Do You Have to Be Uptight to Be Mindful? ~ Tatum Bacchi

Via on Mar 16, 2012
image: someecards

Is it possible to be mindful and light hearted?

It seems in my search to live a more mindful life, I’ve encountered so many people who are more and more judgmental. But isn’t that defeating the point? If we’re so uptight about everything that comes out of everyone else’s mouth, aren’t we hurting ourselves in the process of hurting others?

Isn’t it possible that every thought, tweet, blog post or status update isn’t about you?

Isn’t it possible that there really is “room for it all” as my yoga teacher would say?

Isn’t it possible that being mindful is about more than getting an opportunity to lash out, getting the last word?

Isn’t it possible that by always telling others that what they say or share is wrong that you ‘re actually being the opposite of mindful?

Isn’t it possible to be mindful and to be able to laugh it off, to let some things slide so you can focus your energy on something positive?

After all, negativity is like a snowball, building and building inside us. And isn’t acceptance and understanding more important than getting out a snooty response to something that really could have just been laughed off or let go?

Or maybe I’m wrong.  Maybe mindfulness isn’t at all what I think it is.

At the risk of opening myself up to harsh criticisms and comments, I ask: What does being mindful mean to you?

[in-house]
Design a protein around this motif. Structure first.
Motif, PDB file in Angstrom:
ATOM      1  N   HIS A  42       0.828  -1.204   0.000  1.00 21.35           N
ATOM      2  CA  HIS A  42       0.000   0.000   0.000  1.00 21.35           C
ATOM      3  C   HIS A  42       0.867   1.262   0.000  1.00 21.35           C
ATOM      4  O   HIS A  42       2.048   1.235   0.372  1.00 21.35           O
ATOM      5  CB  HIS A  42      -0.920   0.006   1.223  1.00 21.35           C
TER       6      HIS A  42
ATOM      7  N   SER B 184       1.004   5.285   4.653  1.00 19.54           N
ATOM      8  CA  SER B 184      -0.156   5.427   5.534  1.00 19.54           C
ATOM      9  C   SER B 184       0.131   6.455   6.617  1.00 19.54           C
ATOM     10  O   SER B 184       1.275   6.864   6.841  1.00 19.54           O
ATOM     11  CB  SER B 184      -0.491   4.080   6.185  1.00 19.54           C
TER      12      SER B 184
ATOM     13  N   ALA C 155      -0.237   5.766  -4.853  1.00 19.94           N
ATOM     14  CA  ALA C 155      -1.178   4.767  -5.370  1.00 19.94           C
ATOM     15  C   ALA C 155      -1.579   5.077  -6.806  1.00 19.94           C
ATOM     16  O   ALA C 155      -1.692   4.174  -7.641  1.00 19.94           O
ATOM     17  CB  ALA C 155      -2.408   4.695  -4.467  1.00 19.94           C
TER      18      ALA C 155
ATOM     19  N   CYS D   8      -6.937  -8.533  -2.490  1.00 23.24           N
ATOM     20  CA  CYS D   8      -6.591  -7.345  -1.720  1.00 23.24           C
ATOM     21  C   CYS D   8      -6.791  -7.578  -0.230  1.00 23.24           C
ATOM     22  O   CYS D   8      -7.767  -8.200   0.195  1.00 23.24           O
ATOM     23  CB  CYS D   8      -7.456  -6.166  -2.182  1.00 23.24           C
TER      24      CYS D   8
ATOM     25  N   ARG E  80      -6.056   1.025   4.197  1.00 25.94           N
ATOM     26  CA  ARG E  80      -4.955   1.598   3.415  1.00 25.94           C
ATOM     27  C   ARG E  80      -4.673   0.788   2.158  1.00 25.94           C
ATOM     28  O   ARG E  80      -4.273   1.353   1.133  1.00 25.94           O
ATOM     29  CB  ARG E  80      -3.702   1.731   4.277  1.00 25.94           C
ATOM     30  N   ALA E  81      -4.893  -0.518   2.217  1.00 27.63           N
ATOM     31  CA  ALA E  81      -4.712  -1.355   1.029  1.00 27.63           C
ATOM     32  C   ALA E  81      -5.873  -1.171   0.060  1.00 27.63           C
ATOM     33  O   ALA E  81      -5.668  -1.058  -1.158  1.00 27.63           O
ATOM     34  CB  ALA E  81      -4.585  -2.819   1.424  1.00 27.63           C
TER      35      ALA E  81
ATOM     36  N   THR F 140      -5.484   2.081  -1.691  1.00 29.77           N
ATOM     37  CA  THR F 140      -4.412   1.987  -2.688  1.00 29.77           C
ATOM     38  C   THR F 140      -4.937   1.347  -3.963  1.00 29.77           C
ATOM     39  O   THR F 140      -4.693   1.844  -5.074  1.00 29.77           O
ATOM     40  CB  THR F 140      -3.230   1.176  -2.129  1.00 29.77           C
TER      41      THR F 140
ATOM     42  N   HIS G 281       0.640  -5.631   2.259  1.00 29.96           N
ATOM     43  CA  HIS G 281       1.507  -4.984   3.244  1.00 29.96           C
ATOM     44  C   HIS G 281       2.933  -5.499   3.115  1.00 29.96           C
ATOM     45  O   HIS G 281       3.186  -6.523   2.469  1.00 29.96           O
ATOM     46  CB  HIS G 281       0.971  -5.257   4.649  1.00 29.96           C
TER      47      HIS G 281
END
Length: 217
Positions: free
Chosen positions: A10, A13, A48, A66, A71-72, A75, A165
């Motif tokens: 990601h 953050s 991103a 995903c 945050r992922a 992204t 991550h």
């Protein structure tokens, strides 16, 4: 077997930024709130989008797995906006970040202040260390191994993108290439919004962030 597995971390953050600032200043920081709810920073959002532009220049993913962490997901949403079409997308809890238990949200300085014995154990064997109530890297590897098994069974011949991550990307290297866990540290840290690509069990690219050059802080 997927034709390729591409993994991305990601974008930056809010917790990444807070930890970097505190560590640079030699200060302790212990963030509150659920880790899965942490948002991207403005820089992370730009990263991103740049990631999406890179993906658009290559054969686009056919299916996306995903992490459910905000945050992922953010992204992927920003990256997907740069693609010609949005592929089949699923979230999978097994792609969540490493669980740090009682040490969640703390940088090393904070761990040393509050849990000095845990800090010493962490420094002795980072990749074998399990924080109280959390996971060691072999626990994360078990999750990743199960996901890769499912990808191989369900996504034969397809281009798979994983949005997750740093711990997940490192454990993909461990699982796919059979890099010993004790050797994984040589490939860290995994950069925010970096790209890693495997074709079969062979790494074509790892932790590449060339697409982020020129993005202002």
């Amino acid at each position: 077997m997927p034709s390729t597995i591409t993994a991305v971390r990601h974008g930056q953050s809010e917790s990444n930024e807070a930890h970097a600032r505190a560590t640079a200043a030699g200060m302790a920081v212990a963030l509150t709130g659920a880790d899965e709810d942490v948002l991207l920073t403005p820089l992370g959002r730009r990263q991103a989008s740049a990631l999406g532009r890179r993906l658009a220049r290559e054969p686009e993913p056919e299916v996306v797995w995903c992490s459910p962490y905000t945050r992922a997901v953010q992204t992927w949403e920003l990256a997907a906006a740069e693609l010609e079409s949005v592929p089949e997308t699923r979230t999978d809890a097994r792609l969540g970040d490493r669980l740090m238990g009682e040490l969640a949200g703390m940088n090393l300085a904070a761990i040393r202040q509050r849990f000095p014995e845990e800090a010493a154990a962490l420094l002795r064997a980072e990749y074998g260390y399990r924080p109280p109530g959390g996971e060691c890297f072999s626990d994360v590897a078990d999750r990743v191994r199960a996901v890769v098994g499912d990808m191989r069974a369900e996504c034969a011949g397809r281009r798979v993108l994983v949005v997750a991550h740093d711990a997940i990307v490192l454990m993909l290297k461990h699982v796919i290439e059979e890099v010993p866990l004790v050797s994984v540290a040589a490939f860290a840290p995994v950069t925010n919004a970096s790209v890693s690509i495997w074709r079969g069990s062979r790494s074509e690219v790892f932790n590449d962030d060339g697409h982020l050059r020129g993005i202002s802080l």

~

Editor: Kate Bartolotta.

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13 Responses to “Do You Have to Be Uptight to Be Mindful? ~ Tatum Bacchi”

  1. [...] Do you have to be uptight to be mindful? [...]

  2. Valerie Carruthers ValCarruthers says:

    Just posted to "Featured Today" on the Elephant Spirituality Homepage.

    Valerie Carruthers
    Please go and "Like" Elephant Spirituality on Facebook

  3. Valerie Carruthers ValCarruthers says:

    Mindfulness is the art and practice of being fully present—fully alive—in each moment, in a state of unconditioned awareness. Therefore that would imply an inherent non-judgmentalism of what's going on. Though it's easy to see how some people can interpret "being mindful" as a means to criticize or further their own agendas.

    Thich Nhat Hanh's book, The Miracle of Mindfulness, from which the mindfulness movement evolved, shows how true mindfulness is actually a meditation. As he writes, "While practicing mindfulness, don't be dominated by the distinction between good and evil, thus creating a battle within oneself." It's about being aware of the quality of one's thoughts. Then, he says, "Once you have reached such an awareness, there is nothing you need fear anymore."

    • Tatum Bacchi tatumann says:

      "Therefore that would imply an inherent non-judgmentalism of what's going on." Yes! That's what I'm searching for. Thanks for posting to spirituality Valerie!

  4. karlbaker says:

    Yay! A writer pointing out the truth- Thank you Tatum. I have been involved in Insight Meditation and mindfulness practice for about 10 years. One of the most disillusioning aspects are students and teachers who seem to take it all WAY to seriously. Where is the fun, the enjoyment, the Life, the loss of face? Why are so many seemingly so uptight and so unhappy and not free – even after years of practice?